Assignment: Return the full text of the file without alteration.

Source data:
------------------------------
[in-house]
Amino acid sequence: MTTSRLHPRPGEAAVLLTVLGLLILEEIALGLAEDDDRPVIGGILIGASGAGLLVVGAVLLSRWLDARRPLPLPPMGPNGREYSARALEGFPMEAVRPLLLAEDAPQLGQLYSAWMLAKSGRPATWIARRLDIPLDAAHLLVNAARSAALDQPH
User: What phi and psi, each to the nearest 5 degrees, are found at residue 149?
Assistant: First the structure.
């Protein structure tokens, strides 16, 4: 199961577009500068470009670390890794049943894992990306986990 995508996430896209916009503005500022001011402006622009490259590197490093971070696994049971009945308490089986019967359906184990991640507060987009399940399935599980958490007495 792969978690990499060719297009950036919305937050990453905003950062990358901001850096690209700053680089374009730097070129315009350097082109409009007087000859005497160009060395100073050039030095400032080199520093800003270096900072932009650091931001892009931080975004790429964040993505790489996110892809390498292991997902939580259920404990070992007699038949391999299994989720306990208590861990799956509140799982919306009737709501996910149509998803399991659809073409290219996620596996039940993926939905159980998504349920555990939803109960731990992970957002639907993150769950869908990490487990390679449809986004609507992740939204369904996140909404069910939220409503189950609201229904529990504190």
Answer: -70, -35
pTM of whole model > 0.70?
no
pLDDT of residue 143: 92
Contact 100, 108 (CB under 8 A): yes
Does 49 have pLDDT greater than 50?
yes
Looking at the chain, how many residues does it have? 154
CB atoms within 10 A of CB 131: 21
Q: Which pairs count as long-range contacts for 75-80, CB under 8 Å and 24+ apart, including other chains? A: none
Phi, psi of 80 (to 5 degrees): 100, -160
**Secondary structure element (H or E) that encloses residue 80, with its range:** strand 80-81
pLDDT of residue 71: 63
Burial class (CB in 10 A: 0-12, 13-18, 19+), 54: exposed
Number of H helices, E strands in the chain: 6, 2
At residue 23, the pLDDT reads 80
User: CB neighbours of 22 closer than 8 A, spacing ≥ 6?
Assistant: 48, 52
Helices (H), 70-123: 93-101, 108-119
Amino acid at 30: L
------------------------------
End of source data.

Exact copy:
[in-house]
Amino acid sequence: MTTSRLHPRPGEAAVLLTVLGLLILEEIALGLAEDDDRPVIGGILIGASGAGLLVVGAVLLSRWLDARRPLPLPPMGPNGREYSARALEGFPMEAVRPLLLAEDAPQLGQLYSAWMLAKSGRPATWIARRLDIPLDAAHLLVNAARSAALDQPH
User: What phi and psi, each to the nearest 5 degrees, are found at residue 149?
Assistant: First the structure.
């Protein structure tokens, strides 16, 4: 199961577009500068470009670390890794049943894992990306986990 995508996430896209916009503005500022001011402006622009490259590197490093971070696994049971009945308490089986019967359906184990991640507060987009399940399935599980958490007495 792969978690990499060719297009950036919305937050990453905003950062990358901001850096690209700053680089374009730097070129315009350097082109409009007087000859005497160009060395100073050039030095400032080199520093800003270096900072932009650091931001892009931080975004790429964040993505790489996110892809390498292991997902939580259920404990070992007699038949391999299994989720306990208590861990799956509140799982919306009737709501996910149509998803399991659809073409290219996620596996039940993926939905159980998504349920555990939803109960731990992970957002639907993150769950869908990490487990390679449809986004609507992740939204369904996140909404069910939220409503189950609201229904529990504190």
Answer: -70, -35
pTM of whole model > 0.70?
no
pLDDT of residue 143: 92
Contact 100, 108 (CB under 8 A): yes
Does 49 have pLDDT greater than 50?
yes
Looking at the chain, how many residues does it have? 154
CB atoms within 10 A of CB 131: 21
Q: Which pairs count as long-range contacts for 75-80, CB under 8 Å and 24+ apart, including other chains? A: none
Phi, psi of 80 (to 5 degrees): 100, -160
**Secondary structure element (H or E) that encloses residue 80, with its range:** strand 80-81
pLDDT of residue 71: 63
Burial class (CB in 10 A: 0-12, 13-18, 19+), 54: exposed
Number of H helices, E strands in the chain: 6, 2
At residue 23, the pLDDT reads 80
User: CB neighbours of 22 closer than 8 A, spacing ≥ 6?
Assistant: 48, 52
Helices (H), 70-123: 93-101, 108-119
Amino acid at 30: L